Had Oakland succeeded in their intentions, they would have succeeded in acheiving their desired outcome--more Standard English speakers, with greater Standard profficiency. They could have become a model for inner cities across the US.

This was all in 1996, ten academic years ago. By now, had that happened, there would have been approximately 50 million more qualified speakers of Standard English than there are now. All of whom would also have had the non-combatant satisfaction of having their native language group acknowledged as a cultural heritage. Like all non-standard speakers (my people are from an Appalachian Regional Commission designated county, eg., hillbillies), including all ESL-eligible immigrants who speak the native language in the home, they would be aware that the role of employee demands Standard English, and social roles allow AAVE (or Hindi, Urdu, Twi, Yue, Mende, Polish, etc, etc.)

Instead, Assembly Bill 1206 singled out the AAVE as distinct from all other forms of non-standard speech. AAVE was legislatively branded with a huge scarlet "A" that 1) limits its speakers for life socially to their native group, 2) perpetuates hostility that manifests itself as "racial" issues 3) hamstrings AAVE speakers' economic prospects--as you attest.

I know my manuscript would be happy to find a shelf in a bookstore frequented by 50 million additional potential readers. And 50 million such employees behind the register would be less likely to acquiesce to being called "bar-istas," which--given the bloody etymology of that "-ista" suffix-- I'm not sure would be such a bad thing, either.

-kd

Anonymous said...

Me ain' know is wuh wrong with some ah y'all. You tink is only one way fuh write de english language? You tink is only people who duz speak "standard english" who duz read books? HELLO PEOPLE. Literature is actually a vast territory that can accomodate all sorts of climates within it. "Standard" English is not everyone's standard English. In Guyana, Creolese is our standard English. The main difference is, we who speak Creolese can, for the most part, speak both Creolese and standard English, but most of the standard-English-speakers who would consider us an "undereducated and unintelligent sub-culture" or whatever one most-likely-racist snob wrote above, can only speak standard English (and most of em can't speak *that* very well - I've been educated both in my "third world country" and in the U.S. system, and believe me we got a better grounding in grammar, etc., in Guyana.)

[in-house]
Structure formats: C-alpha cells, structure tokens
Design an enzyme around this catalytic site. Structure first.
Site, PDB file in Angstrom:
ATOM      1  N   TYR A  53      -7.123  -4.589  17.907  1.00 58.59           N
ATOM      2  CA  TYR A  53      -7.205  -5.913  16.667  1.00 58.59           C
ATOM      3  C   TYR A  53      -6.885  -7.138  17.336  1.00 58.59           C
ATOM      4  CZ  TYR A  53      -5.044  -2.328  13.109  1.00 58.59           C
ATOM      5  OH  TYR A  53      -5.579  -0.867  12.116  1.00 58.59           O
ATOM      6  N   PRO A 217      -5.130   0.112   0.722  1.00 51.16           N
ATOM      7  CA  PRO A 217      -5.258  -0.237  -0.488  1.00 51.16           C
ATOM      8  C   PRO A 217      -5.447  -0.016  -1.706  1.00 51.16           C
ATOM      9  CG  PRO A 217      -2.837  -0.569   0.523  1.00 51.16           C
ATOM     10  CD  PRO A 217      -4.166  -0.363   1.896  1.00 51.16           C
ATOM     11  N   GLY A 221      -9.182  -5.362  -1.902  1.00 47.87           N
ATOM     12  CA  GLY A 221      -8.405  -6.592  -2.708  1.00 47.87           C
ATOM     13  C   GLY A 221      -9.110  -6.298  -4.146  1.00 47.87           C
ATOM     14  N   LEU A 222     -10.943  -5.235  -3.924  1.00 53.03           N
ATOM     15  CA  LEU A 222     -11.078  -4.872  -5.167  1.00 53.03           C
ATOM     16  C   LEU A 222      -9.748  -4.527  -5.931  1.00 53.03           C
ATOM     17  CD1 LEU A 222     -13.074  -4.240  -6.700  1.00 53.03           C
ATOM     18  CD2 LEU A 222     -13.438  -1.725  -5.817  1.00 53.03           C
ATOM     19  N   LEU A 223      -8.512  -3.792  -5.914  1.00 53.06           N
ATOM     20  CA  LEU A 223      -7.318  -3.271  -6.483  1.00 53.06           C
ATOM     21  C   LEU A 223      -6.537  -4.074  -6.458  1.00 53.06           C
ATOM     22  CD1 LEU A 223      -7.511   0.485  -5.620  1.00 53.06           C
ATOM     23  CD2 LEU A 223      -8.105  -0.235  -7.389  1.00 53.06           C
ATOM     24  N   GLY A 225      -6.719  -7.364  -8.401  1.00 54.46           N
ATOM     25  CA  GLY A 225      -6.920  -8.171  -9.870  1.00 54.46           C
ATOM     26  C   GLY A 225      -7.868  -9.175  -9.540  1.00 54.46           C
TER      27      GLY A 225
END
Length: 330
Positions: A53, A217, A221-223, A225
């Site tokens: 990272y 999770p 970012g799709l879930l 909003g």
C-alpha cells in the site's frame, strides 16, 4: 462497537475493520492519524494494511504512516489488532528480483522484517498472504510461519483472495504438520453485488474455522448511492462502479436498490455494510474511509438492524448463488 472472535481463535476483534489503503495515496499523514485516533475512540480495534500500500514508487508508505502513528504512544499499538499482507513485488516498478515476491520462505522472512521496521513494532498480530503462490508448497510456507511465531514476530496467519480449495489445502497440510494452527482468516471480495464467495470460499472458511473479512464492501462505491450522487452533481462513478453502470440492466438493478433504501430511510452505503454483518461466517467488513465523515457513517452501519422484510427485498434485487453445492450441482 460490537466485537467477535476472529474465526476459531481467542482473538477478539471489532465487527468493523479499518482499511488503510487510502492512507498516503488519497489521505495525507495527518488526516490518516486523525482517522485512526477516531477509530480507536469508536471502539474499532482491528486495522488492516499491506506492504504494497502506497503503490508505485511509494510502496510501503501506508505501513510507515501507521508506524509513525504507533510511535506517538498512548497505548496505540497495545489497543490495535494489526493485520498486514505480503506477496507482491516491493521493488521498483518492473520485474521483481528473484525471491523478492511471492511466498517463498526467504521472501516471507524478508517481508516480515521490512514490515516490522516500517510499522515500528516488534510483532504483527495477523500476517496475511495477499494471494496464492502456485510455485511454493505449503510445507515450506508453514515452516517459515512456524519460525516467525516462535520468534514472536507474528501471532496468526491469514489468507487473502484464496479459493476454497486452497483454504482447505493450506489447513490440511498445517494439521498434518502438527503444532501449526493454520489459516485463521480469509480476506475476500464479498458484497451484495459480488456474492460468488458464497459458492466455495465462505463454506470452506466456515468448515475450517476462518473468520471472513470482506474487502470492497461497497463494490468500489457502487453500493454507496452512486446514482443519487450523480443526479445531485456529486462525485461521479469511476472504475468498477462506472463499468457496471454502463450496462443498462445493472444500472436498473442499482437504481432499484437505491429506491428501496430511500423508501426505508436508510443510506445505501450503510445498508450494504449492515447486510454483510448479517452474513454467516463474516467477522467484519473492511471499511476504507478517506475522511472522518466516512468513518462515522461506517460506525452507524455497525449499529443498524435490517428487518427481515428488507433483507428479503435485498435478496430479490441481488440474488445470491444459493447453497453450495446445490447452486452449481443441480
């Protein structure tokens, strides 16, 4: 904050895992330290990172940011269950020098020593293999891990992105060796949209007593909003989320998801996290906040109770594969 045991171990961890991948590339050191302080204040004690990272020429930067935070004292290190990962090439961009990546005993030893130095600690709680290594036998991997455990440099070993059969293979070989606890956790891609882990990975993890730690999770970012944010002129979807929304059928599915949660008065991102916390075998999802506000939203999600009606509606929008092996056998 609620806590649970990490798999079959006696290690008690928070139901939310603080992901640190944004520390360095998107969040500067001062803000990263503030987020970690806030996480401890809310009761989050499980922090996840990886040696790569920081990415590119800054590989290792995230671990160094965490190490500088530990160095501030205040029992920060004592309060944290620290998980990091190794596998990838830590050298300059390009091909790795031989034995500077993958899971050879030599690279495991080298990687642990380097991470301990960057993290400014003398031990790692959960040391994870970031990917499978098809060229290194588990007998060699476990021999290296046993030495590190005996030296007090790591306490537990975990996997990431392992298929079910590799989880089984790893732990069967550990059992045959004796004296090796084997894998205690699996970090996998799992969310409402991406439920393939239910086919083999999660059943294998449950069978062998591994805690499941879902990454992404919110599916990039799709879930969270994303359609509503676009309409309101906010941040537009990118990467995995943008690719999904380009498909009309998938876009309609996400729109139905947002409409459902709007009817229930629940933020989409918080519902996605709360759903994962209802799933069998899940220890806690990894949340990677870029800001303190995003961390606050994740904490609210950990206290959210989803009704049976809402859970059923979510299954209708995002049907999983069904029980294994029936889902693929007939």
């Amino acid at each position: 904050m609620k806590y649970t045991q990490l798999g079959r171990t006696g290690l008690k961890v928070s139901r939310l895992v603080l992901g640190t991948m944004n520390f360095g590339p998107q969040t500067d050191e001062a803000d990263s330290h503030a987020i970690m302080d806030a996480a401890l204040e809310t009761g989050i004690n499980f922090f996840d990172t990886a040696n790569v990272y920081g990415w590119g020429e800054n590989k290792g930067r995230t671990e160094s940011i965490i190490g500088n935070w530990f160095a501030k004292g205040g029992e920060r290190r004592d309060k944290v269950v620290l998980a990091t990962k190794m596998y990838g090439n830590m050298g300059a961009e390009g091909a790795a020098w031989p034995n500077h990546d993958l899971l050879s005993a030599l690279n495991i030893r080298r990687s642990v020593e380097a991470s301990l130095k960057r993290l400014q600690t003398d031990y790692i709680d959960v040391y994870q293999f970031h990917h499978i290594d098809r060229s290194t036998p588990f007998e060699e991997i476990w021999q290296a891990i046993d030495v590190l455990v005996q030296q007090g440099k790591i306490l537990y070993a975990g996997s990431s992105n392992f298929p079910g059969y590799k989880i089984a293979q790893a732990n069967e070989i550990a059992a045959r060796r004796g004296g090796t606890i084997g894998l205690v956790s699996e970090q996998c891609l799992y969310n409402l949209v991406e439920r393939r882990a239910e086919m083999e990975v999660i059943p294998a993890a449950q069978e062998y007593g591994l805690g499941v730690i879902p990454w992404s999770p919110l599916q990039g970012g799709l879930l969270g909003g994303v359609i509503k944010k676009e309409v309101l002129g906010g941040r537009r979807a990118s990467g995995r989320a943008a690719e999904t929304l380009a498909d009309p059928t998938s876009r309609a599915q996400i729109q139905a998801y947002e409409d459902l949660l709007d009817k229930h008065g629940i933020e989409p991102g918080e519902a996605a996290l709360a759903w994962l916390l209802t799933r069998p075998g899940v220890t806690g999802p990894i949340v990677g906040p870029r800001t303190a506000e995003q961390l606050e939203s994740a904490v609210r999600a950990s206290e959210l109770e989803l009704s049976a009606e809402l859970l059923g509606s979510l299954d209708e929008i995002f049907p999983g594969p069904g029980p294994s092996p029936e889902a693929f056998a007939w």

It reminds me of the rednecks who look down on migrant farmworkers in California and Oregon as "undereducated and illiterate", when many of these farm workers can speak three or more languages (Mayan, Spanish and English), and the rednecks can barely master one.
I haven't read "Londonstani" and hence have no comment on it, but I'll say that anyone who will categorically dismiss a book for the sole reason that it's opening sentence looks slightly strange to his or her eye, is rather closed-minded. I was going to use more colorful adjectives, but I refrained.
PS I doubt people in Britain had that hard a time reading "Londonstani". From my brief leafing-through of it in a bookshop, it seemed to capture the flavour of speech around here quite well, d'ya get me mate?
-Anonymous G.T. Bannah (who knows what that means)?